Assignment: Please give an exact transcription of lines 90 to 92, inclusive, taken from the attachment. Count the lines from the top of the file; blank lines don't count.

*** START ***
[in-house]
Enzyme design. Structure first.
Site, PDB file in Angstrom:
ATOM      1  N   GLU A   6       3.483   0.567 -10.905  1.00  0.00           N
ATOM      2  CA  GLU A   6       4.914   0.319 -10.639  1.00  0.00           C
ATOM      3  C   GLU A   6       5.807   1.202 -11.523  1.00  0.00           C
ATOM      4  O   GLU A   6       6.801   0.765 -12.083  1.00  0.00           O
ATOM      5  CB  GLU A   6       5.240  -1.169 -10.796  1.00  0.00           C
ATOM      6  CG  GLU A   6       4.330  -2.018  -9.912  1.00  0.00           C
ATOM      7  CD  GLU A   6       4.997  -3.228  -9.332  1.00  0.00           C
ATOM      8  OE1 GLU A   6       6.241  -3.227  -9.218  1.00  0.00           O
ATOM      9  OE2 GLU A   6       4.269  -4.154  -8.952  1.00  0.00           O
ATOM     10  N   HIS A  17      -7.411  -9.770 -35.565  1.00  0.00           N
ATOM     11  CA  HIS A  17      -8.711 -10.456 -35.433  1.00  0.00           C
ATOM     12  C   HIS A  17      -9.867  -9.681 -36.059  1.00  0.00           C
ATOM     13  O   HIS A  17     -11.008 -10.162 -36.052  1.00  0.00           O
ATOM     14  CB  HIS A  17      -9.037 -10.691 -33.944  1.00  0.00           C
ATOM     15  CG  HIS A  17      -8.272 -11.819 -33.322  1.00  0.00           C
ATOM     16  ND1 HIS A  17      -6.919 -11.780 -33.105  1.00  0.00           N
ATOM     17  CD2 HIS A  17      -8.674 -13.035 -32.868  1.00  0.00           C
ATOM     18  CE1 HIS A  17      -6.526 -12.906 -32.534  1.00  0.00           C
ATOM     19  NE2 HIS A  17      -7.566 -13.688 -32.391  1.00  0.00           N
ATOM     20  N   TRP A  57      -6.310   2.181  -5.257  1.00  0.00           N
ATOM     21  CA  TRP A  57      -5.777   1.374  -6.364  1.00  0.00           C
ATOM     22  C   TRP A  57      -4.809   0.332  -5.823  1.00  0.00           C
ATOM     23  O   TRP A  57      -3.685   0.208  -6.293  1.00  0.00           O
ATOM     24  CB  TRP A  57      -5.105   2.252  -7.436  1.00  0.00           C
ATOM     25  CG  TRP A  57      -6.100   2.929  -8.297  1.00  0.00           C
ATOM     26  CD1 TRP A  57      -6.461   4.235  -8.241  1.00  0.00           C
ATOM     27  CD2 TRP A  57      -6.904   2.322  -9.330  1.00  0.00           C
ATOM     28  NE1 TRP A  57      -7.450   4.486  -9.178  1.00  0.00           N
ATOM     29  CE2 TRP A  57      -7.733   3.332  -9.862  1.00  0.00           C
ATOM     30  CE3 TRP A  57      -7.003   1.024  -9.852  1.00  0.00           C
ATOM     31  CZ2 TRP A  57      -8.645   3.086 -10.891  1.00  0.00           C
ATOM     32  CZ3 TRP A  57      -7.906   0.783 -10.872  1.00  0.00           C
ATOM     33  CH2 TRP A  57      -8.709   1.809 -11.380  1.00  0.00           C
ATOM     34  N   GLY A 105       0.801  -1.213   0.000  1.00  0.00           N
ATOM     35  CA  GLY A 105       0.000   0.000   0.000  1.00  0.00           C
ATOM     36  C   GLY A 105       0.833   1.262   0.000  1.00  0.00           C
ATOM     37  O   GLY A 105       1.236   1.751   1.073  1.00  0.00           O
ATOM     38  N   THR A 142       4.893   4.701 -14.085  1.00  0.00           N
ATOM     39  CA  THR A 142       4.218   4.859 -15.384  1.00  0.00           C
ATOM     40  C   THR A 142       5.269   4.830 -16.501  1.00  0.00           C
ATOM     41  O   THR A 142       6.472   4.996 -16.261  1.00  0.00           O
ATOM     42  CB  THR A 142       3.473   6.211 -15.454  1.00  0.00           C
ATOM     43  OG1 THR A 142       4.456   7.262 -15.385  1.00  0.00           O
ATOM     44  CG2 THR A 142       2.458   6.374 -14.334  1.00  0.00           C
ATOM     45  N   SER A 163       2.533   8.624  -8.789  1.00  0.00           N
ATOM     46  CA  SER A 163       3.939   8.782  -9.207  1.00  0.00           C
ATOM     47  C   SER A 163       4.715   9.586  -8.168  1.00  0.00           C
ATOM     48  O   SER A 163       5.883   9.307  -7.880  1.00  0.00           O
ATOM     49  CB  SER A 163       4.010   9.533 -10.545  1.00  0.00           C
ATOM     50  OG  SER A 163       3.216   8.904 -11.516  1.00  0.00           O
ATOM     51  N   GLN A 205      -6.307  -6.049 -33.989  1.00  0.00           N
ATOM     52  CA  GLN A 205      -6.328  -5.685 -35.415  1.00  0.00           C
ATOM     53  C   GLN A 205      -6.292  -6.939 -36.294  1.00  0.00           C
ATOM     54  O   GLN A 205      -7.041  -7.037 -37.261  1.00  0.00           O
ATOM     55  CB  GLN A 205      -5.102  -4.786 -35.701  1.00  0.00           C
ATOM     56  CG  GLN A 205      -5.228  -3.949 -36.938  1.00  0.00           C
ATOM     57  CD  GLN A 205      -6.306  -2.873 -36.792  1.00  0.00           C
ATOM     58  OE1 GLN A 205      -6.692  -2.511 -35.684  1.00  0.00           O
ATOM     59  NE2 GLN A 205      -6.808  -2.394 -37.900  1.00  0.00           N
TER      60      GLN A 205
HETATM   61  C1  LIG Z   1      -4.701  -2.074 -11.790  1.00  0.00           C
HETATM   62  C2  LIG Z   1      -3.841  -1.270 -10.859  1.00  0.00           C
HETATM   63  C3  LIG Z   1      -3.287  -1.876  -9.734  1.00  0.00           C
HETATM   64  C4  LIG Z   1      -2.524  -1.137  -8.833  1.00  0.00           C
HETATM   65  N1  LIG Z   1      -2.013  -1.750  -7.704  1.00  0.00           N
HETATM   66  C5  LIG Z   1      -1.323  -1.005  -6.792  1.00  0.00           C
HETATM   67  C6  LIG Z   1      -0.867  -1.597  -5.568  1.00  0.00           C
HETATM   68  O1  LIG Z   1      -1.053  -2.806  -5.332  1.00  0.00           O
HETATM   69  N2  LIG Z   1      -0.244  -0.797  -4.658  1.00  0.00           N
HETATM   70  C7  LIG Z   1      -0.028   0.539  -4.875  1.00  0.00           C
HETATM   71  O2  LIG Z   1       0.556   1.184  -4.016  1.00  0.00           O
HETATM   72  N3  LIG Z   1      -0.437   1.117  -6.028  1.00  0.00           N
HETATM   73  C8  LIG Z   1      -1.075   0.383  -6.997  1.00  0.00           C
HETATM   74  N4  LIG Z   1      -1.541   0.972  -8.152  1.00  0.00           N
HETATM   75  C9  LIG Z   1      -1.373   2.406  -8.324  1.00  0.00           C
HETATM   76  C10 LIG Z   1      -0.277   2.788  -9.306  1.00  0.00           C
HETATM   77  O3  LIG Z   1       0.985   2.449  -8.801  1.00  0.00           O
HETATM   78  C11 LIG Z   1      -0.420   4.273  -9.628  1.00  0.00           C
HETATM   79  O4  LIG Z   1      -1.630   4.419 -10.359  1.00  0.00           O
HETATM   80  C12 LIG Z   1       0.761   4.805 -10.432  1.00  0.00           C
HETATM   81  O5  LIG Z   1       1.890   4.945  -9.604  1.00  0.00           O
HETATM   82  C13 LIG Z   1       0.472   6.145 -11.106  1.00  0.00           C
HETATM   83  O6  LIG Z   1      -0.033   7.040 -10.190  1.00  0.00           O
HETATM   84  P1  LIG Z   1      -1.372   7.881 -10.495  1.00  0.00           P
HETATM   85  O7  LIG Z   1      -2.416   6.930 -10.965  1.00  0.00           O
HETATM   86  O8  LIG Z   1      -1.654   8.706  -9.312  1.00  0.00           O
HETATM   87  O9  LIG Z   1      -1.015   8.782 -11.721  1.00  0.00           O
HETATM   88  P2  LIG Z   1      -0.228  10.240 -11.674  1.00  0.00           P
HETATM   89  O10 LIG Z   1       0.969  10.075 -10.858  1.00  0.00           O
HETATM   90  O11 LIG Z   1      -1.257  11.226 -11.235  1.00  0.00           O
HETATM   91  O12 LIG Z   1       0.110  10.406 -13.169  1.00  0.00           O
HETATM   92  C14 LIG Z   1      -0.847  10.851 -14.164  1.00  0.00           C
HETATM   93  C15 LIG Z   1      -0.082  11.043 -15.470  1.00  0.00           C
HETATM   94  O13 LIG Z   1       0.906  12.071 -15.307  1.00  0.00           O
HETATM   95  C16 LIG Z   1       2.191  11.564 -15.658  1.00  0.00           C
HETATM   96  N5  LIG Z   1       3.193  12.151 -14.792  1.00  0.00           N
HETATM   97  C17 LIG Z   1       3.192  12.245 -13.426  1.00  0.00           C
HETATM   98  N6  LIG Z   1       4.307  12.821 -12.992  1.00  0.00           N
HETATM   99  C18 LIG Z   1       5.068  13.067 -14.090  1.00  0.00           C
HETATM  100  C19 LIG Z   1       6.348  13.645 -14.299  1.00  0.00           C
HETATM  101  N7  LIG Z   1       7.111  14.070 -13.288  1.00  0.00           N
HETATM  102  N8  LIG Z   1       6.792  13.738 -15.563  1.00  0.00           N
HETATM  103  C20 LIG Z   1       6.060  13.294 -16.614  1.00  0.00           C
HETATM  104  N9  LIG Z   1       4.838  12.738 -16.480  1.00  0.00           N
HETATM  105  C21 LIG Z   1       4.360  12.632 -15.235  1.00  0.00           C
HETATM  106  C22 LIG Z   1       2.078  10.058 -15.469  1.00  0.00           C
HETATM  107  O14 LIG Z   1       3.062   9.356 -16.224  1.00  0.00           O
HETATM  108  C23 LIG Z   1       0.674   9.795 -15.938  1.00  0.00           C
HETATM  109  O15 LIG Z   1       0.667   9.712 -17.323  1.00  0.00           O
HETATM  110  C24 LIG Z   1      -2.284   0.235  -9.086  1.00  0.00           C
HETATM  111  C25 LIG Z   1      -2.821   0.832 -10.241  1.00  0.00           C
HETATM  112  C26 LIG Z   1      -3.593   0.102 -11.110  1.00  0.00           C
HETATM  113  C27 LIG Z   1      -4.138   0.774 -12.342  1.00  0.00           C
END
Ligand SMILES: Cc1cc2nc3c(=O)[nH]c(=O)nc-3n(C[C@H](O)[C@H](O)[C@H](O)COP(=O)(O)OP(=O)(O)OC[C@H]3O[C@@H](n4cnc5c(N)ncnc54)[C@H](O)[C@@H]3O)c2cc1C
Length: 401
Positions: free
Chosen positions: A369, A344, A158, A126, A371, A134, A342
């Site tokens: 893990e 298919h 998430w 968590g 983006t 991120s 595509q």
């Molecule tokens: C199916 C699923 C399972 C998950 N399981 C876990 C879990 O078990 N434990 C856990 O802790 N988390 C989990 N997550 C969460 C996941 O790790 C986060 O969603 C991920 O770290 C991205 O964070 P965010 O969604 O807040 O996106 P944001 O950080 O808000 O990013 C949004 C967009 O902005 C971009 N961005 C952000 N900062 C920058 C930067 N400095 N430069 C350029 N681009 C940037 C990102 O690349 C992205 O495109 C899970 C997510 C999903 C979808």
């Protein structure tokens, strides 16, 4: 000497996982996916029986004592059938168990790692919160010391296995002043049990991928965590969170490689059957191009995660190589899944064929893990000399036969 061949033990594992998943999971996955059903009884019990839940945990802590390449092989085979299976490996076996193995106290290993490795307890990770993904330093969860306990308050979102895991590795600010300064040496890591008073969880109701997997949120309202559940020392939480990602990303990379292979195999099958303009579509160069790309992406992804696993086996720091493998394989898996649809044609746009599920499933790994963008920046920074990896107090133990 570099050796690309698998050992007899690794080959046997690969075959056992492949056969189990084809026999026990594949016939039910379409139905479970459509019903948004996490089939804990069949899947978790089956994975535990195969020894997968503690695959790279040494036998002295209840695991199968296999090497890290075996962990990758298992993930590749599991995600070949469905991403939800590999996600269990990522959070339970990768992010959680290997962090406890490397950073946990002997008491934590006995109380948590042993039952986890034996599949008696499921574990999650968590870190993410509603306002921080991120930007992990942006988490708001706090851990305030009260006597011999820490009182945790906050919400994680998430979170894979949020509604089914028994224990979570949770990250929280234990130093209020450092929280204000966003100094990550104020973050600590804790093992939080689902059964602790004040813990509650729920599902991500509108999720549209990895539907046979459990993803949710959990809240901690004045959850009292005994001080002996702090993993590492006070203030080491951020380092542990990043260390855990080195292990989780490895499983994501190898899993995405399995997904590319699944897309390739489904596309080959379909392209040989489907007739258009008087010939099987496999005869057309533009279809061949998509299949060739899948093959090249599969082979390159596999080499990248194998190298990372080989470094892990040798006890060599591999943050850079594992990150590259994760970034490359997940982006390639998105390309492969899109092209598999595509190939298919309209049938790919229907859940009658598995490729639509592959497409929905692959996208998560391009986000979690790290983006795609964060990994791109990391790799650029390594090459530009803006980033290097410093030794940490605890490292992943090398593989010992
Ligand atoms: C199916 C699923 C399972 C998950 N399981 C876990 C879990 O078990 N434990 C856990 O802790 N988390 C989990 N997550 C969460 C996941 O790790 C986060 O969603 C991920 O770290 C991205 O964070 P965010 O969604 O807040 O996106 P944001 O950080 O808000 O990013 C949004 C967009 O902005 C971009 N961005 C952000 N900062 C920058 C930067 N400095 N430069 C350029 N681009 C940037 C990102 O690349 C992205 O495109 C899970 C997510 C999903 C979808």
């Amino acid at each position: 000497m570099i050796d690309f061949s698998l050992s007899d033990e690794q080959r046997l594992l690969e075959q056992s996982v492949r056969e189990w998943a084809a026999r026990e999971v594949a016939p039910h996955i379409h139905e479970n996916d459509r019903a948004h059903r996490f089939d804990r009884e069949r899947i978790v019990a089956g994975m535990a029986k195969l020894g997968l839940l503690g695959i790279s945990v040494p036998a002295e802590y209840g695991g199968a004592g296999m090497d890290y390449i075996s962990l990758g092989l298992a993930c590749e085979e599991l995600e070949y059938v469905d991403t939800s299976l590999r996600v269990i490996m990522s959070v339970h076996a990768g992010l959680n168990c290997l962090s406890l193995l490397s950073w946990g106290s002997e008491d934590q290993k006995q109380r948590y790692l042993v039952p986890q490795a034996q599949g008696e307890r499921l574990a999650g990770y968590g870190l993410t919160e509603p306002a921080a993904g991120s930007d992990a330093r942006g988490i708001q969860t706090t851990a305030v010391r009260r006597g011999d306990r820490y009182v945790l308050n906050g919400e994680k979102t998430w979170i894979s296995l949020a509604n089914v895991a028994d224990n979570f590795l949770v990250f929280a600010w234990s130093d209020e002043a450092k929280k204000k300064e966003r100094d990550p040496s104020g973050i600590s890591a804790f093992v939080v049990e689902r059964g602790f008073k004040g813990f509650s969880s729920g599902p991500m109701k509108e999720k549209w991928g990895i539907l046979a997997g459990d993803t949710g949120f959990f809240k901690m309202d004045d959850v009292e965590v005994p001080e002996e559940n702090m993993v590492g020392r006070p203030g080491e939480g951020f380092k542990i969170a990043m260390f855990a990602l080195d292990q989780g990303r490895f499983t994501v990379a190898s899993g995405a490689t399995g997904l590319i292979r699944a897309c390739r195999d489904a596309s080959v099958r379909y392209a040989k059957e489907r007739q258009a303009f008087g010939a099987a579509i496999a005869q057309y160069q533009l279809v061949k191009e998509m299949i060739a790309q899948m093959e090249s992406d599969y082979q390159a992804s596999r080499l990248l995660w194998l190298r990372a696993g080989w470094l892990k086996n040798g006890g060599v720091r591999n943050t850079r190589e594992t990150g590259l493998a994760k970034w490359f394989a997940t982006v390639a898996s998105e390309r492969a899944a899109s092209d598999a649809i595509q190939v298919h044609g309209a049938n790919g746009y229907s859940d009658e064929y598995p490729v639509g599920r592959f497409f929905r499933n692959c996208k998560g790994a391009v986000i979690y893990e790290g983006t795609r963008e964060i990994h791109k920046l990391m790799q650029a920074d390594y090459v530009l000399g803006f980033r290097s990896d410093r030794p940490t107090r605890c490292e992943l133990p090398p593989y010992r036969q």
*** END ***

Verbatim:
HETATM   87  O9  LIG Z   1      -1.015   8.782 -11.721  1.00  0.00           O
HETATM   88  P2  LIG Z   1      -0.228  10.240 -11.674  1.00  0.00           P
HETATM   89  O10 LIG Z   1       0.969  10.075 -10.858  1.00  0.00           O